Crude inventories post a huge inventory again
On March 4, the EIA (U.S. Energy Information Administration) reported that crude inventories rose significantly yet again, increasing 10.3 million barrels, or MMbbls, in the week ending February 27.
This was more than double the estimated 3.95 MMbbls increase and the largest weekly gain since March 2001.
The total US commercial crude inventory now stand at 444.4 MMbbls, setting another all-time high record. Inventories surpassed their previous high record of ~434 MMbbls set last week.
Changes in inventories drive WTI (West Texas Intermediate) prices. This affects the profitability for companies that produce oil—like Chevron (CVX), ConocoPhillips (COP), and Murphy Oil (MUR). These companies make up ~17.5 % of the Energy Select Sector SPDR ETF (XLE) and ~3.4% of the SPDR S&P Oil & Gas Exploration & Production ETF (XOP).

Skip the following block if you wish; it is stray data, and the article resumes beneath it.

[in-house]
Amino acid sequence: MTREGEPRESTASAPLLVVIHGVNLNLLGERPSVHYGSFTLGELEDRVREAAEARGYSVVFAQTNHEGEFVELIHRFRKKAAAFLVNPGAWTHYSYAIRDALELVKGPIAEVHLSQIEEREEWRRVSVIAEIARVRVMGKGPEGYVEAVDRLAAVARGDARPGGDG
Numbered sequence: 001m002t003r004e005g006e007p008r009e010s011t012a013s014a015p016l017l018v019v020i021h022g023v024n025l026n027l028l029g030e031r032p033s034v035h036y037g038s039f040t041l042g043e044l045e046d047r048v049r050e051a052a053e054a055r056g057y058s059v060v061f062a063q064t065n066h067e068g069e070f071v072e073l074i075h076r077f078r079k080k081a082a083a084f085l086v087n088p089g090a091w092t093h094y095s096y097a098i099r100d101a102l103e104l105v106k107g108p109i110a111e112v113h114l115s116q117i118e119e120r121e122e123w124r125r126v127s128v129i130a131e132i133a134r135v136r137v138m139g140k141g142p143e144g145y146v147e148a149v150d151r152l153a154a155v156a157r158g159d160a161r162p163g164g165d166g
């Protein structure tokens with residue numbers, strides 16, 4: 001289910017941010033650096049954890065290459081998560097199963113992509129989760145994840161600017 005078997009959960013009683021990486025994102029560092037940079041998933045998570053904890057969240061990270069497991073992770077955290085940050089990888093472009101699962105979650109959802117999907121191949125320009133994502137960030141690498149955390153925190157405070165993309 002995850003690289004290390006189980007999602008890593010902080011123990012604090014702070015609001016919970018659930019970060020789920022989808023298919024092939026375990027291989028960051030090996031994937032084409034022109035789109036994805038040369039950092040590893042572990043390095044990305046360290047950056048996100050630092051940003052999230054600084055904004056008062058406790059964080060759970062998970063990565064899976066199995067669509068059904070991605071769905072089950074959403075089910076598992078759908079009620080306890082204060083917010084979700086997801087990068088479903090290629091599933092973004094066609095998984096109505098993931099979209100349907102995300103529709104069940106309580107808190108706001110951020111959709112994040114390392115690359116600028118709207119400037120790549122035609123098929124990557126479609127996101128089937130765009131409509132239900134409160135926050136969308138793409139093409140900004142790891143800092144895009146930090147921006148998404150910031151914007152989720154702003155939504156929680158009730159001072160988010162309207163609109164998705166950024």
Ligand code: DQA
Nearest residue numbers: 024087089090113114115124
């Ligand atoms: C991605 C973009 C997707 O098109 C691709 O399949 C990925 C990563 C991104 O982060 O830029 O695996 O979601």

Supply-related factors caused crude inventories to build
For the past few weeks, inventory movement has been driven by strong crude oil production. Last week, output touched ~9.3 million barrels per day (or MMbpd), increasing 39,000 bpd (barrels per day) over prior week’s levels. At these levels, output levels are at their highest level in weekly data going back to 1983.
An increase in imports has also caused the surge in inventories over the past few weeks. Last week, imports increased by 89,000 bpd to ~7.36 MMbbls/d.
Supply forecasts for 2015
According to the EIA’s February STEO (“Short-Term Energy Outlook”), total US crude oil production averaged 9.2 million barrels per day in January. The EIA forecasts that output will increase further to average ~9.3 MMbbls/d in 2015 and increase further in 2016 to average ~9.5 MMbbls/d. For context, consider that output averaged ~8.67 MMbbls/d in 2014.
A strong crude supply level is bearish for crude prices—unless it meets with parallel demand. In the next part of this series, we’ll analyze wether demand-related factors balanced supply levels.